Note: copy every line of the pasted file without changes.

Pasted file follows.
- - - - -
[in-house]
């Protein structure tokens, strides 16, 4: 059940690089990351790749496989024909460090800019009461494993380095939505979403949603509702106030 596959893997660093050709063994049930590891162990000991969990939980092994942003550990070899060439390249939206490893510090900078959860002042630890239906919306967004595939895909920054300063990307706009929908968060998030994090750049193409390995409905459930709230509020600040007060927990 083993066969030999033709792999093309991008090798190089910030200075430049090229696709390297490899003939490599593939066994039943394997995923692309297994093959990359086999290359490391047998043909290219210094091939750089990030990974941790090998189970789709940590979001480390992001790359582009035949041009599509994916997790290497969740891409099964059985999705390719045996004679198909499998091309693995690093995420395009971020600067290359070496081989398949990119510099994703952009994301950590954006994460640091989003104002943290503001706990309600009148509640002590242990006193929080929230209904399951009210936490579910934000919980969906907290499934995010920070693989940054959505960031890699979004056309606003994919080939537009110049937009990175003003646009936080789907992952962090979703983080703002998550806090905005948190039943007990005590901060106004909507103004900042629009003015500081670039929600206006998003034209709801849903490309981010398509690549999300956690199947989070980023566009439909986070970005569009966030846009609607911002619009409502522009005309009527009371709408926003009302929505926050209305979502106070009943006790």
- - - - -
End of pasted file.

[in-house]
């Protein structure tokens, strides 16, 4: 059940690089990351790749496989024909460090800019009461494993380095939505979403949603509702106030 596959893997660093050709063994049930590891162990000991969990939980092994942003550990070899060439390249939206490893510090900078959860002042630890239906919306967004595939895909920054300063990307706009929908968060998030994090750049193409390995409905459930709230509020600040007060927990 083993066969030999033709792999093309991008090798190089910030200075430049090229696709390297490899003939490599593939066994039943394997995923692309297994093959990359086999290359490391047998043909290219210094091939750089990030990974941790090998189970789709940590979001480390992001790359582009035949041009599509994916997790290497969740891409099964059985999705390719045996004679198909499998091309693995690093995420395009971020600067290359070496081989398949990119510099994703952009994301950590954006994460640091989003104002943290503001706990309600009148509640002590242990006193929080929230209904399951009210936490579910934000919980969906907290499934995010920070693989940054959505960031890699979004056309606003994919080939537009110049937009990175003003646009936080789907992952962090979703983080703002998550806090905005948190039943007990005590901060106004909507103004900042629009003015500081670039929600206006998003034209709801849903490309981010398509690549999300956690199947989070980023566009439909986070970005569009966030846009609607911002619009409502522009005309009527009371709408926003009302929505926050209305979502106070009943006790």